Fresh Voices Triumph in Verdi’s Thriller
Brown Theater, Wortham Center
04/17/2009 - and April 19, 24, 26, May 2
Giuseppe Verdi: Rigoletto
Eric Cutler (Duke of Mantua), Shon Sims (Borsa), Faith Sherman (Countess Ceprano/A Page), Scott Hendricks (Rigoletto), Octavio Moreno (Marullo), Adam Cioffari (Count Ceprano), Bradley Garvin (Count Monteron), Andrea Silvestrelli (Sparafucile), Albina Shagimuratova (Gilda), Jamie Barton (Giovanna), Tommy Ajai George (Usher), Maria Markina (Maddalena)
Houston Grand Opera Orchestra and Chorus, Richard Bado (chorus master), Patrick Summers (conductor)
Lindy Hume (director), Michael Yeargan (set designer), Peter J. Hall (costume designer), Paul Pyant (lighting designer), Brian Byrnes (fight director)
S. Hendricks & A. Shagimuratova (© Felix Sanchez)
Houston Grand Opera’s new staging of Rigoletto is a great success on almost every level. The casting suggested that this would certainly be a well-sung performance, and that it was. With the two male leads making their role debuts and Shagimuratova singing her first Italian-language Gilda, I was a bit concerned that these three complex characters might lose some dimensionality as their interpreters negotiated the newness of these extremely challenging Verdian creations. Fortunately, all worry was allayed from the outset, and HGO’s decision to “seek the next generation of Verdians…who could make a statement about this work” paid off.
Michael Yeargan’s inventive set and staging of Act I arrests visually, and Eric Cutler’s “Questa o quella” did the same, encapsulating everything we love to hate about the Duke in its very first phrase. Cutler created a virile, confident, conniving portrayal, skillfully altering his voice depending on the intended audience. Throughout the first act, he was several excellent singers and actors in one, shifting with ease between Machiavellian schemer and faithful lover. This set the precedent for the production, and the other leads followed suit.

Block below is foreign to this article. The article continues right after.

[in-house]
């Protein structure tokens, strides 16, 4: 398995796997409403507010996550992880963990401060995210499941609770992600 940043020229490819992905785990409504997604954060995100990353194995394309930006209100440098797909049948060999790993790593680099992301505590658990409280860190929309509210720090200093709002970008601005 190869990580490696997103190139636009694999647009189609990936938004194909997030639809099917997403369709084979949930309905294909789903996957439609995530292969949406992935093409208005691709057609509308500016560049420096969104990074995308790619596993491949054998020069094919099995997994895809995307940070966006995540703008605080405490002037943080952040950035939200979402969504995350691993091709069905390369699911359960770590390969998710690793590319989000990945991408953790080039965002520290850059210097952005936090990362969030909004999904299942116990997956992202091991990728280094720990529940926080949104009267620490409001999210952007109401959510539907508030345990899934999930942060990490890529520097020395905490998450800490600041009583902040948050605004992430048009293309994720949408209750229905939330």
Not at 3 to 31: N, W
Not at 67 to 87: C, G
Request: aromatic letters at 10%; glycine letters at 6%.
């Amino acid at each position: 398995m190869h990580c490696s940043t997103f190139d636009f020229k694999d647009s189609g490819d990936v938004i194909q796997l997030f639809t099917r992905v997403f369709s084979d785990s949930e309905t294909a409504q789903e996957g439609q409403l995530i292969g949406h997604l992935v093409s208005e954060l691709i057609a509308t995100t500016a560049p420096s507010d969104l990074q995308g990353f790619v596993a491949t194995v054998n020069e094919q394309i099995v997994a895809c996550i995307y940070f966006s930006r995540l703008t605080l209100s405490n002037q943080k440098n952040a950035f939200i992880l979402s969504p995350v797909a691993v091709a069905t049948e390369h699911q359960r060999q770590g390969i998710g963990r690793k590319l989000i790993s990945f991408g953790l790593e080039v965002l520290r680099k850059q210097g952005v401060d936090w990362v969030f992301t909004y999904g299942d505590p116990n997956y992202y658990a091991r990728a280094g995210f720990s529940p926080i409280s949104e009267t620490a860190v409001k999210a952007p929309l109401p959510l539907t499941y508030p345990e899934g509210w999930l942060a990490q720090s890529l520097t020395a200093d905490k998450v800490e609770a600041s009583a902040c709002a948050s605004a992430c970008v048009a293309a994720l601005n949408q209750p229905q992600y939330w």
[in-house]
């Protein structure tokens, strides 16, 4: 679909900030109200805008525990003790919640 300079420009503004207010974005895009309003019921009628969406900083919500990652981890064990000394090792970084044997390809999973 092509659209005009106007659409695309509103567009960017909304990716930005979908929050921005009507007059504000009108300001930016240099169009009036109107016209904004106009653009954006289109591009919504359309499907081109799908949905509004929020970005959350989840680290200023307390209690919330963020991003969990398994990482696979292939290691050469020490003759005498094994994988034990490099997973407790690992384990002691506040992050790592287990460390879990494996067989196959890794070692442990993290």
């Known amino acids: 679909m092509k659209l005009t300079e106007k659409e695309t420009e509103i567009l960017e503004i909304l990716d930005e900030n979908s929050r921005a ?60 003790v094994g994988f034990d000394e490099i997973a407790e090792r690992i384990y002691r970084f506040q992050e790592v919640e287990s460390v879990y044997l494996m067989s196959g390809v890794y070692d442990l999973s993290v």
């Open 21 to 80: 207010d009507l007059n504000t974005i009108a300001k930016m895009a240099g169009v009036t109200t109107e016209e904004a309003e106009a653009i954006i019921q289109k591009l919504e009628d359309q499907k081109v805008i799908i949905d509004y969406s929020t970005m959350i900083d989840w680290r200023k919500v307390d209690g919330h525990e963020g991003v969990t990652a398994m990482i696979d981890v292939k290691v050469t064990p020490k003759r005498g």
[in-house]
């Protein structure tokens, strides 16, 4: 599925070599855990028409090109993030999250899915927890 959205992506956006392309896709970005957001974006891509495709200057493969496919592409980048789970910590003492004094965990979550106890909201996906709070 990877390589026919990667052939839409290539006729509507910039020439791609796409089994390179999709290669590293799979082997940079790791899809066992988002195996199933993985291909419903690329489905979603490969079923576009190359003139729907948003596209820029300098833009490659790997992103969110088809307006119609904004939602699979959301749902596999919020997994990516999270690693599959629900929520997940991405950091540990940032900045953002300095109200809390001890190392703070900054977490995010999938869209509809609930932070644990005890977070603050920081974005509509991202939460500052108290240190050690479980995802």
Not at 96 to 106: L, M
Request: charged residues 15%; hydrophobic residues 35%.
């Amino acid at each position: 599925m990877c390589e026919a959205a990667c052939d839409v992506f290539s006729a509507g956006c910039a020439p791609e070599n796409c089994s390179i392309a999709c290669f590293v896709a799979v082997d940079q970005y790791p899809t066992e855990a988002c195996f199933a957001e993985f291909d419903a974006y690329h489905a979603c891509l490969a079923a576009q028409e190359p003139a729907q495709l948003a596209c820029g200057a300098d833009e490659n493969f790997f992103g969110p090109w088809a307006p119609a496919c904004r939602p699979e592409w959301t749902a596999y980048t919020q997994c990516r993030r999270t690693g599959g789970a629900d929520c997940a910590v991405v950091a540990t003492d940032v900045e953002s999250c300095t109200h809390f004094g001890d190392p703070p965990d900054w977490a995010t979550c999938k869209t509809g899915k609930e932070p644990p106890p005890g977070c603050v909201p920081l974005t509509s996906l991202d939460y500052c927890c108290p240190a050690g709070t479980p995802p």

Scott Hendricks created an eerie, neurotic Rigoletto, always reserving a hint of innocence in his portrayal. He may have lacked the last bit of power in some places, but he is a thoroughly compelling actor-singer. The staging of “Pari siamo!” was simple but effective, with singing that expressed Rigoletto’s knowledge of what this encounter would lead to. By the end of the opera, we had witnessed an excellently conceived character arc as the jester tried to come to terms with the unfortunate situation he was put in.
Shagimuratova was the biggest success of the night. She is more and more impressive with each appearance at HGO, and her Gilda should delight around the world. Her “Caro nome”, where the coloratura passages were clearly awakenings of latent passion in her character instead of showy ornaments, received an ecstatic response from the audience. Likewise, in “V’ho ingannato”, taken at a very measured pace, she tempered the natural brightness of her voice with excellent control as her life slipped away.
Smaller roles were a bit uneven. Andrea Silvestrelli has an enormous bass voice, resulting in a somewhat one-dimensional Sparafucile. Likewise, Maria Markina’s Maddalena lacked the venomous bite that I like in this role. She was reduced to an overly-pathetic character and it was hard to believe that she would actually be the one to murder Gilda. This was especially problematic in the great Act III quartet, with Silvestrelli overwhelming the texture, Markina hardly audible, and Hendricks and Shagimuratova hovering somewhere in between.
Patrick Summers led the HGO Orchestra superbly. They are always wonderful in Italian music, the woodwinds playing their exposed accompanying passages with Mozartean grace and the brass impeccable in their blend and power. Tempos throughout were extreme in contrast, adding a constant fiery energy to the score. The men of the HGO chorus were superb throughout, half of them joining the orchestra in the pit for the storm music.
The majority of the stage direction was convincing, but the opening of the second act was problematic. After a true moment of confessional tenderness from the Duke, his learning that Gilda is right there in his palace should be a joyous moment. Instead, Cutler laid down on the bed curled up in blankets almost as if this was bad news. Likewise, the idea to break the fourth wall by bringing up the house lights for “La donna è mobile” was contrived and unnecessary.
Marcus Karl Maroney